The Miami Marlins had to think that perhaps the home opener's attendance mark of 34,439 fans was a relative success. After all, with all of the fan outrage from what transpired in the offseason, the Fish had to be happy that their turnout was only a few thousand shy of their supposed sellout of Opening Day last season. Wendy Thrum of FanGraphs, however, reports that even with that mark, the Marlins' second opening night attendance falls way short of the historical pace for new stadiums.
Other than the Astros, and now the Marlins, only the Pirates saw a drop in attendance from the first opening day to the second, but it was minimal. Every other team saw opening day attendance rise in the second year, even teams with losing records in the inaugural season — the Tigers, Brewers, Reds, Nationals, and Mets.
Apparently, the second year for most parks still features a florid attendance record, as most stadiums go up in attendance, with or without losing seasons.
Of course, for the Marlins, it is not so much about the losing season as it is about what transpired after that, and when you consider all of that, it is easy to explain what happened on the Marlins' second home game of 2013. The Marlins drew just 14,222 fans to Marlins Park in last night's game versus the Atlanta Braves, This represents a 59 percent drop-off in attendance from the home opener to the next game, and that drastic response can only be explained by the Marlins' inability to hold fans following all of the team's struggles and its ownership issues.
I wanted to find out if this drop-off was a new low for the Marlins franchise given their history of poor attendance. Had the Fish seen this kind of radical decline? I checked the records from 1998 to 2011 for the Marlins' attendance on their home opener and their second home game. I only looked at games occurring from Monday to Thursday, as weekend games tend to have better attendance. Let's see what the percentage drop-off was for each of these games.
|Marlins Attendnace||Home Opener||2nd Game||%Change|
The Marlins should indeed consider themselves lucky, but not just about the first game. The Marlins' second home game of the season could have been a lot worse, as the history of the park formerly known as Joe Robbie Stadium can attest to. The drop-off of 58.7 percent for the Marlins this season would have been the second-best result in team history among openers that occurred from Monday to Thursday!
It turns out that the Marlins have a significant history of large drop-offs in attendance from the first to the second game. The worst cases occurred in the doldrum years of the early 2000's, when expectations were still low before the 2003 World Series season. Surprisingly, the best seasons came in the darkest years of Marlins history, as the Fish had their lowest drop-off occur during the highly-forgettable 1999 campaign. The 1998 season can be understood, as the team just came off a World Series win and may have been riding that residual high for a small amount of time. But in 1999, the Fish were coming off a 108-loss season and were not expected to do much better.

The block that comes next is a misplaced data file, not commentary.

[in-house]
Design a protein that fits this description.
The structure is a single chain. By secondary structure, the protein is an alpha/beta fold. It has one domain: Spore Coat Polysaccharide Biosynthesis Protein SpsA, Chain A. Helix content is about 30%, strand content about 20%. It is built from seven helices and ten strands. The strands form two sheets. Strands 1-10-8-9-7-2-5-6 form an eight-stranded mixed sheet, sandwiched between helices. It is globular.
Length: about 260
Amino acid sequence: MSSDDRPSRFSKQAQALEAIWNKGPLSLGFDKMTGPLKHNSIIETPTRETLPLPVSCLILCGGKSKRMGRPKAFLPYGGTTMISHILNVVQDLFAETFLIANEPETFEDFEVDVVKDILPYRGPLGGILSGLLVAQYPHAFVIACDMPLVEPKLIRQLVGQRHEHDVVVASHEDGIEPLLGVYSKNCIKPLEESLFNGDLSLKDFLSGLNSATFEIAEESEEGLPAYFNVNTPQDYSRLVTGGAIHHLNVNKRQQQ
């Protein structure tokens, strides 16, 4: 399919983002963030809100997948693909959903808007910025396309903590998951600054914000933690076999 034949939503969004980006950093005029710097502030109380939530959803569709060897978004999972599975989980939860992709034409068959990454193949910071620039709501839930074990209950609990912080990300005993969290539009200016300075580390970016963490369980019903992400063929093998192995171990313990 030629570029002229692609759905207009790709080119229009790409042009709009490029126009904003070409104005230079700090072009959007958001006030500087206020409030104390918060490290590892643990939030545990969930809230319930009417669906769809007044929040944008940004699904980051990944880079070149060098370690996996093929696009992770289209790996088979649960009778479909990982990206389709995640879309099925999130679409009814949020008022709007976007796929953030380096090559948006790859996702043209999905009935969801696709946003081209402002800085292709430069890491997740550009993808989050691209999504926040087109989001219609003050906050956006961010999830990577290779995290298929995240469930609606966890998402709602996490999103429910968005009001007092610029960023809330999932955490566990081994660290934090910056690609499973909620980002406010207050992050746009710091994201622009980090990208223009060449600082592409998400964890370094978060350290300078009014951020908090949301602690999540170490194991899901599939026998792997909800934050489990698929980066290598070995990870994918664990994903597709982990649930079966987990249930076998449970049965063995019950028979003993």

The worst drop-off occurred in 2002, but there is a caveat present on that one. The Marlins did not open their season at home, as the team played two series on the road before coming home to a sparse crowd in the first gme and a record-low turnout in the second. This highlights a situation in which the Marlins struggle to draw when the home opener is not the season opener; the other instance of this situation in 2006 represented the second-lowest home opener attendance of the sample.
After the 2003 World Series, the Marlins posted their best home opener attendance marks, but even those teams that were expected to compete were not exempt from the fall in attendance. The 2004 and 2005 squads both had drops of above 60 percent, and those were akin to the drops seen in 2008 and 2009. Even competitive Marlins teams were victim of apathy towards the second game of the regular season.
What can we learn from this history? It is obvious that this season's occurrence was not an isolated one; the Marlins have a clear and obvious history of second-game drops in attendance. But this one had a few other factors working in opposite directions:
- On the positive side, the Marlins still must have had some residual "new stadium" bonus.
- On the negative side, the team's performance certainly did not help, and the fact that the home opener was a week after the team's actual season opener hurt their attendance as well. Naturally, the fire sale was also a factor.
Given all of the negatives that hung on the Marlins' heads, the 2013 showing for last night's game was actually good from a team historical perspective. The history of bad showings means that, with or without a fire sale, the Marlins likely would have struggled to bring up attendance. That factor probably weighed down the "new stadium" effect along with the "opener delay" effect, resulting in a drop-off that was not as severe as it likely would have been had the Marlins been playing in Sun Life Stadium. If Marlins Park were not a brand new and beautiful facility, the Marlins likely would have drawn closer to 10,000 fans in like in 2000 rather than the 14,000 that they actually got.
Of course, that is still bad by Major League Baseball standards, and as always, we here at Fish Stripes would implore someone in the commissioner's office to view this as a travesty rather than "same old south Florida." The Marlins did everything possible to lower attendance this season, but it does not meant that it is right that a stadium just one year old should be drawing in the tens of thousands one night after their home opener. It may be par for the course in Miami, but the goal is that it should not be.